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ERIC Number: ED238907
Record Type: Non-Journal
Publication Date: 1982-Feb
Reference Count: N/A
Tests, Achievement, and Bilingual Students.
FOCUS, n9 Feb 1982
Although most educators agree in theory that labeling linguistically and culturally different students as "low I.Q." can adversely affect their academic progress, in practice a disproportionate number of bilingual students are still being "deported" into special education and vocational classes as a combined result of indiscriminate use of mental tests and cultural and linguistic orientation of school programs. Teachers and psychologists commonly assume that minority language students have become "language proficient" when they have acquired peer-appropriate fluency in everyday communication. The dangers of such assumptions can be seen in a study in which the psychological assessments of over 400 minority language students were analyzed. Two continua (context-embedded and context-reduced language proficiency) were used to show the relationship between language proficiency and academic achievement. Research suggests that the acquisition of meaning in context-reduced classroom situations requires more knowledge of the language itself than is typically required in context-embedded face-to-face situations. By eliminating "lack of English proficiency" as an explanation for low achievement in bilingual students, educators risk creating academic deficits by attributing low academic performance or test scores to deficiencies in the student or in his or her background experiences. (LH)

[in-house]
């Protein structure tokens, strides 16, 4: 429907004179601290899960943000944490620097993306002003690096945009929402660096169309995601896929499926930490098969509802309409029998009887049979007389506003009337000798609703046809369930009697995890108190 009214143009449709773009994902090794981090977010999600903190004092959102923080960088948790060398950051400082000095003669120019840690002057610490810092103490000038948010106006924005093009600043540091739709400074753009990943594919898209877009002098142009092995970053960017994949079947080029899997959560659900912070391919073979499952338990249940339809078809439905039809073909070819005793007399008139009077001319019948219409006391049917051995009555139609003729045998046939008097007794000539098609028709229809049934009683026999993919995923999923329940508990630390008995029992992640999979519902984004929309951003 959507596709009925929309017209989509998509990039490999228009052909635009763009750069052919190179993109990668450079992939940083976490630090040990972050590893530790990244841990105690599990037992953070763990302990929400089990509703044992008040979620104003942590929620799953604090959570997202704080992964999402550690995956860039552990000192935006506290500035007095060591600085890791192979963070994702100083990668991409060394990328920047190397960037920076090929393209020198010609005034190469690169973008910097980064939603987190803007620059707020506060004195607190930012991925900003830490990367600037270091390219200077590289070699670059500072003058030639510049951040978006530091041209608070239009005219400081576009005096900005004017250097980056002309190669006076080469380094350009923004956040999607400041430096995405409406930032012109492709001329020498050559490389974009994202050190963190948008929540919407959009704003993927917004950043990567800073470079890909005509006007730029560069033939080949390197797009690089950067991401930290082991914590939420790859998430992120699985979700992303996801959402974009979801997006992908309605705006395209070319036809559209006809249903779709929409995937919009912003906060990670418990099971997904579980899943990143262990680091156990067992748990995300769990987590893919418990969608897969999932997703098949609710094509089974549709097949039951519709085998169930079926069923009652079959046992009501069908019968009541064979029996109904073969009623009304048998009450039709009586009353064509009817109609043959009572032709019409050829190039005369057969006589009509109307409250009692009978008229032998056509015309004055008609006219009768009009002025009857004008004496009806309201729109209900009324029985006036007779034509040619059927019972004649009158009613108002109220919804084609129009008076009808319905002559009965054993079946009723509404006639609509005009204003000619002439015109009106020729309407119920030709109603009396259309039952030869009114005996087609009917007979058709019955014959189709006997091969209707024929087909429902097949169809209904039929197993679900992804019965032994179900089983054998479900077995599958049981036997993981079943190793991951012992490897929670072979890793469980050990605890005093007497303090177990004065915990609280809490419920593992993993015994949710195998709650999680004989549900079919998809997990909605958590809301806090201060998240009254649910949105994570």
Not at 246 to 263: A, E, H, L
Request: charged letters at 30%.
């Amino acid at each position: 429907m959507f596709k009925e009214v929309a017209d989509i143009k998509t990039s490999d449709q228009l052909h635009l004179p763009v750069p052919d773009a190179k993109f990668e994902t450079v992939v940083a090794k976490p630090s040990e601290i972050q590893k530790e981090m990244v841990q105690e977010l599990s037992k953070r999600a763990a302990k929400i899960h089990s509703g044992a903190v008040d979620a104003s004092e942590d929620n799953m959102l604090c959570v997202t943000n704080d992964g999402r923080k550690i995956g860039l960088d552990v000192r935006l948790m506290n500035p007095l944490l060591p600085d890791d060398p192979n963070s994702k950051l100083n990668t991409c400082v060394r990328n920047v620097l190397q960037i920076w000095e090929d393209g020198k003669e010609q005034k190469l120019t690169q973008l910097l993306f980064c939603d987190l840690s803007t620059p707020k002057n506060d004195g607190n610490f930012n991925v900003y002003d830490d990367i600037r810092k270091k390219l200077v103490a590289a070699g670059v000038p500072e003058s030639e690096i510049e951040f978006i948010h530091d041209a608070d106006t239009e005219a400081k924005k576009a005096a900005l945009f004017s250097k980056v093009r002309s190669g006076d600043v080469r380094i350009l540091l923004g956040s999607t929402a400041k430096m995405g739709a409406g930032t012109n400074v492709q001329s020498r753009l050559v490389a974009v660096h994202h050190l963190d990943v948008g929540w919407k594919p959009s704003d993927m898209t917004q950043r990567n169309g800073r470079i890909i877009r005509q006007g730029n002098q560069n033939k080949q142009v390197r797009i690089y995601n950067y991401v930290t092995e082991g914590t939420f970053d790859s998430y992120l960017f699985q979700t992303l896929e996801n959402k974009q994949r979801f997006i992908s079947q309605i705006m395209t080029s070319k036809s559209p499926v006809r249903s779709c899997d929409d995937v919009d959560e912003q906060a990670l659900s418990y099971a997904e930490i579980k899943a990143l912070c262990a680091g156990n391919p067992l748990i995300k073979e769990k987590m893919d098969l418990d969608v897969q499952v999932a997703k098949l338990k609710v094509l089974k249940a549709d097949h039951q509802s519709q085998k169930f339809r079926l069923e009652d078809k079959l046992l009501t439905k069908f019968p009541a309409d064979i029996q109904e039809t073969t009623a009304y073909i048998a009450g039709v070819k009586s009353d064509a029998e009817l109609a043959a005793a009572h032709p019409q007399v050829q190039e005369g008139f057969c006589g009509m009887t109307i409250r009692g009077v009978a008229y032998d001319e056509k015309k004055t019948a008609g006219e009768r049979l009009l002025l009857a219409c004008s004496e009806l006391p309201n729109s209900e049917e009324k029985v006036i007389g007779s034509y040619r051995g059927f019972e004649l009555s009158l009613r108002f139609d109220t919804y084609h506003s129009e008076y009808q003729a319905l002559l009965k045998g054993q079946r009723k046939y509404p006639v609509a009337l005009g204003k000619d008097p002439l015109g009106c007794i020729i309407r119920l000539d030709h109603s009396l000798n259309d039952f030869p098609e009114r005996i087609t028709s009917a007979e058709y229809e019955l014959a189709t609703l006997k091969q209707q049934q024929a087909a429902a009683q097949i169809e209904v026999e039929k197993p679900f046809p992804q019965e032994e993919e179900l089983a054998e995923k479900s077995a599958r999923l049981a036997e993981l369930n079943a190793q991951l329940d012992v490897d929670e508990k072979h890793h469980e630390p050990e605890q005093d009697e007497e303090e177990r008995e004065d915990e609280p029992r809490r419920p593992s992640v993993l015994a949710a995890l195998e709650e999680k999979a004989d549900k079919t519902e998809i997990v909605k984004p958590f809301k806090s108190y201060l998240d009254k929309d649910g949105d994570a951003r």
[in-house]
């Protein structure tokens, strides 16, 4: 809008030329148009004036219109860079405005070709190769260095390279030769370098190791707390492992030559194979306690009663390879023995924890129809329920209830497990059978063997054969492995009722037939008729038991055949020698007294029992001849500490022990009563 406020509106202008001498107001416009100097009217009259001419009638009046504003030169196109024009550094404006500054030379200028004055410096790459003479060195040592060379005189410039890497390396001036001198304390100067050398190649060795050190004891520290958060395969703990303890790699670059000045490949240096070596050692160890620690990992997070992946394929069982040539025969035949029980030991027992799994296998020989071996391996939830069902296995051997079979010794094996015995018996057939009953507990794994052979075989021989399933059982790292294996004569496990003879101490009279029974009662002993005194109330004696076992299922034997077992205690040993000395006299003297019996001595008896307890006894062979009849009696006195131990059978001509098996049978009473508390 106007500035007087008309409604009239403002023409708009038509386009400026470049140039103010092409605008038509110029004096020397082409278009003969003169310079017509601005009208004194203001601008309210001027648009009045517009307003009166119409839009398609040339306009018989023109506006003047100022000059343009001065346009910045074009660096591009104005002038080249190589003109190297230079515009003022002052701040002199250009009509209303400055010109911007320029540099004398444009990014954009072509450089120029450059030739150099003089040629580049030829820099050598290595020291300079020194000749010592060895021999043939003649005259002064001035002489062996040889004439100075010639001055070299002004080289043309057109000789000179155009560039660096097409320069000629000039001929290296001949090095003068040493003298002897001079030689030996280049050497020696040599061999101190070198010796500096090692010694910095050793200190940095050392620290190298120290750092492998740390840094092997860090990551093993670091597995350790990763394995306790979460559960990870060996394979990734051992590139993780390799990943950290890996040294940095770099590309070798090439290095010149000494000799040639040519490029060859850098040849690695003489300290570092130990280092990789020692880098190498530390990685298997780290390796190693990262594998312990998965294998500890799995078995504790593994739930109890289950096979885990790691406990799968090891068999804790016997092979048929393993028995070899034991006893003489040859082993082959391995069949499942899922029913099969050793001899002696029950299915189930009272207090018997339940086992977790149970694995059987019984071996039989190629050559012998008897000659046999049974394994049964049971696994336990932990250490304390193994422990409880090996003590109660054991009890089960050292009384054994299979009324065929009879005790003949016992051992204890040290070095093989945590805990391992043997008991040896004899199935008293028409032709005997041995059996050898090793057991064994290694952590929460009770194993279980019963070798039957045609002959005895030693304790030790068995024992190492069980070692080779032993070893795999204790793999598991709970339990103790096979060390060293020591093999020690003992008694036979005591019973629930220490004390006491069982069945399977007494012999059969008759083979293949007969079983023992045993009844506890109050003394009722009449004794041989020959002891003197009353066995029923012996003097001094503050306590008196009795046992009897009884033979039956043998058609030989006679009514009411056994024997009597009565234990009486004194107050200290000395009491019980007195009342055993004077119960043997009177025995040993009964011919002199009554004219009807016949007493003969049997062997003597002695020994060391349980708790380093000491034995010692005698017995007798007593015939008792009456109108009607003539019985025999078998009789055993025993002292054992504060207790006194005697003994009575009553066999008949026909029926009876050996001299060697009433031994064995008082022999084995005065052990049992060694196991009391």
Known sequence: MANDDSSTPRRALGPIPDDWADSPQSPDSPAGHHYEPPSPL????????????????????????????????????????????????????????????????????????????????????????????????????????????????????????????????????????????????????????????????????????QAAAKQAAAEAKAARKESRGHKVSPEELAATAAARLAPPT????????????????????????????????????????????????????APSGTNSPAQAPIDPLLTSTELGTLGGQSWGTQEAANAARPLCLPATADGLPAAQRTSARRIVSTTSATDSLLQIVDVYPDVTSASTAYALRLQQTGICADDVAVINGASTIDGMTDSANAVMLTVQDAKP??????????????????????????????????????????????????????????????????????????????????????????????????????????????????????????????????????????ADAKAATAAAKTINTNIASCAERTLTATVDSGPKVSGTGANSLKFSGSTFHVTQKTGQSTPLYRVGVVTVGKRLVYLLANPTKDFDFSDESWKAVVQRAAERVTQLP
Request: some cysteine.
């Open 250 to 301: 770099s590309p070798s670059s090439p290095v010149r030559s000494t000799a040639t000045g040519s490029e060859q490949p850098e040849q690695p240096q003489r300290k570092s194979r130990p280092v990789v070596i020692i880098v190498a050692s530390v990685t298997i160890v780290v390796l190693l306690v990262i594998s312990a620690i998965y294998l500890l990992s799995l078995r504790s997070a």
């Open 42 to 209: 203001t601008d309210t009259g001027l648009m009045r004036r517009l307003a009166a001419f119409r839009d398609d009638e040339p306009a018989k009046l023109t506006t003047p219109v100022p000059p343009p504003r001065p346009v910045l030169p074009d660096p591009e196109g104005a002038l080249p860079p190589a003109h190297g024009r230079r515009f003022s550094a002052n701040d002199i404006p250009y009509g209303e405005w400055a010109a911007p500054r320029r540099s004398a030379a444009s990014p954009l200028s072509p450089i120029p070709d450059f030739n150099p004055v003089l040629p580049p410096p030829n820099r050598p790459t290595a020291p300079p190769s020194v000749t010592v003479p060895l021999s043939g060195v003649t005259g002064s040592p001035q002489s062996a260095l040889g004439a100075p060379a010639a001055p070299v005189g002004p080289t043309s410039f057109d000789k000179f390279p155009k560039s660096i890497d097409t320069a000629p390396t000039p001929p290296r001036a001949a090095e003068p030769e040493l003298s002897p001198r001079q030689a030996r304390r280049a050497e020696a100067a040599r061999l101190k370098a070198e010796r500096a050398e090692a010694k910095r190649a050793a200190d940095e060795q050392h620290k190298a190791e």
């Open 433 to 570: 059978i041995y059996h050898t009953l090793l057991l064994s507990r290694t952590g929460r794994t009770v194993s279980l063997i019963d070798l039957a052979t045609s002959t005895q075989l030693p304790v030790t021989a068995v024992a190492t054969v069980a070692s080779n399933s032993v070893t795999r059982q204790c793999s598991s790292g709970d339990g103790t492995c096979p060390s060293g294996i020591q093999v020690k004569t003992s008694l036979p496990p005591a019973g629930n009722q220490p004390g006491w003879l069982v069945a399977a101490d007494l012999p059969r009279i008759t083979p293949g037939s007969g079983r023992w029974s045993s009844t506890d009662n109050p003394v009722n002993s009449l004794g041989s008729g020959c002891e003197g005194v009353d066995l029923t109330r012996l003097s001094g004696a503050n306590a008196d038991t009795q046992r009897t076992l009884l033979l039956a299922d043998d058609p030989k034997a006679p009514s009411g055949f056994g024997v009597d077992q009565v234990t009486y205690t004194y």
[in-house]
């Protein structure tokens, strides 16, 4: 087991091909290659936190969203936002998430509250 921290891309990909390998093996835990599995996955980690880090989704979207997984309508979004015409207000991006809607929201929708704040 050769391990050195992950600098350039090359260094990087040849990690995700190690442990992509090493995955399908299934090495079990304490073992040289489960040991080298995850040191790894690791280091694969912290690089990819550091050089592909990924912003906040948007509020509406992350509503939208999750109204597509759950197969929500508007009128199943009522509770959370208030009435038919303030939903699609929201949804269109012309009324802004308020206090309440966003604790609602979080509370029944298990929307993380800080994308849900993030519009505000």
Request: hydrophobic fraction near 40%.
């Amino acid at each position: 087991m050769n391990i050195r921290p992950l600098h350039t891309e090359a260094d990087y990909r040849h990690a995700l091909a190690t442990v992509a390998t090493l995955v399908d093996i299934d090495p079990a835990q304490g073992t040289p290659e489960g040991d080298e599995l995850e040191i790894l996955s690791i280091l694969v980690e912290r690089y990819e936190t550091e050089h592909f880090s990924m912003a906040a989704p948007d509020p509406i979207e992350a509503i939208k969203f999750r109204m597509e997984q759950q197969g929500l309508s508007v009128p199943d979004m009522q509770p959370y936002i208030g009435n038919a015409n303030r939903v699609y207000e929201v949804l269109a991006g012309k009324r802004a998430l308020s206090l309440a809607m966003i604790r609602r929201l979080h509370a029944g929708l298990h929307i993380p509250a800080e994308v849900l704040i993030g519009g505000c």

Publication Type: Guides - Non-Classroom; Reports - Descriptive
Education Level: N/A
Audience: Administrators; Teachers; Counselors; Practitioners
Sponsor: Office of Bilingual Education and Minority Languages Affairs (ED), Washington, DC.; National Inst. of Education (ED), Washington, DC.
Authoring Institution: National Clearinghouse for Bilingual Education, Rosslyn, VA.